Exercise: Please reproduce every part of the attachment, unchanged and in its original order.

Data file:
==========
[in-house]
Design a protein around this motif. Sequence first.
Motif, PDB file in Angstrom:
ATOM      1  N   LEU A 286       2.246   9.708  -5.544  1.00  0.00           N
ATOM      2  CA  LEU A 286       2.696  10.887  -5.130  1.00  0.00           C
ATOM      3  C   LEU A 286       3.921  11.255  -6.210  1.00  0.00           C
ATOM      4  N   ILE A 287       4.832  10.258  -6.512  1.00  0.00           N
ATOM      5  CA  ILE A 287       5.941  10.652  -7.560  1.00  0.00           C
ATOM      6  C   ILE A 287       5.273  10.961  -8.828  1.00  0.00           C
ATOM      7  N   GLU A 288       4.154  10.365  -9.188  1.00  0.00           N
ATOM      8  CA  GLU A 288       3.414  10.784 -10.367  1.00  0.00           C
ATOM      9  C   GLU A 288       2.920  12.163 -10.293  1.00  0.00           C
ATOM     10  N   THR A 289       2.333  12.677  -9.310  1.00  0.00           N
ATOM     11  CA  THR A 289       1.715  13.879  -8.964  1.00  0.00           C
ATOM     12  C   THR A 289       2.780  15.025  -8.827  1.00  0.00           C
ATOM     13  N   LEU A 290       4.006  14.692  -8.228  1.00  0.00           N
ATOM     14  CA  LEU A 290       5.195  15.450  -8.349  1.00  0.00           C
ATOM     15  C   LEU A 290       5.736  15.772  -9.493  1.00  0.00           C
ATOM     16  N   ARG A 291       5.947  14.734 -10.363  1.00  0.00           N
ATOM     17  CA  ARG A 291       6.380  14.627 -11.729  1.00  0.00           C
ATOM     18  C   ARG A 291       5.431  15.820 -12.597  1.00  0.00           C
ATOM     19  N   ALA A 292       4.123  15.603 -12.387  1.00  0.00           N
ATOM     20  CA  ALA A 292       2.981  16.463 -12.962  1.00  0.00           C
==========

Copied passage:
[in-house]
Design a protein around this motif. Sequence first.
Motif, PDB file in Angstrom:
ATOM      1  N   LEU A 286       2.246   9.708  -5.544  1.00  0.00           N
ATOM      2  CA  LEU A 286       2.696  10.887  -5.130  1.00  0.00           C
ATOM      3  C   LEU A 286       3.921  11.255  -6.210  1.00  0.00           C
ATOM      4  N   ILE A 287       4.832  10.258  -6.512  1.00  0.00           N
ATOM      5  CA  ILE A 287       5.941  10.652  -7.560  1.00  0.00           C
ATOM      6  C   ILE A 287       5.273  10.961  -8.828  1.00  0.00           C
ATOM      7  N   GLU A 288       4.154  10.365  -9.188  1.00  0.00           N
ATOM      8  CA  GLU A 288       3.414  10.784 -10.367  1.00  0.00           C
ATOM      9  C   GLU A 288       2.920  12.163 -10.293  1.00  0.00           C
ATOM     10  N   THR A 289       2.333  12.677  -9.310  1.00  0.00           N
ATOM     11  CA  THR A 289       1.715  13.879  -8.964  1.00  0.00           C
ATOM     12  C   THR A 289       2.780  15.025  -8.827  1.00  0.00           C
ATOM     13  N   LEU A 290       4.006  14.692  -8.228  1.00  0.00           N
ATOM     14  CA  LEU A 290       5.195  15.450  -8.349  1.00  0.00           C
ATOM     15  C   LEU A 290       5.736  15.772  -9.493  1.00  0.00           C
ATOM     16  N   ARG A 291       5.947  14.734 -10.363  1.00  0.00           N
ATOM     17  CA  ARG A 291       6.380  14.627 -11.729  1.00  0.00           C
ATOM     18  C   ARG A 291       5.431  15.820 -12.597  1.00  0.00           C
ATOM     19  N   ALA A 292       4.123  15.603 -12.387  1.00  0.00           N
ATOM     20  CA  ALA A 292       2.981  16.463 -12.962  1.00  0.00           C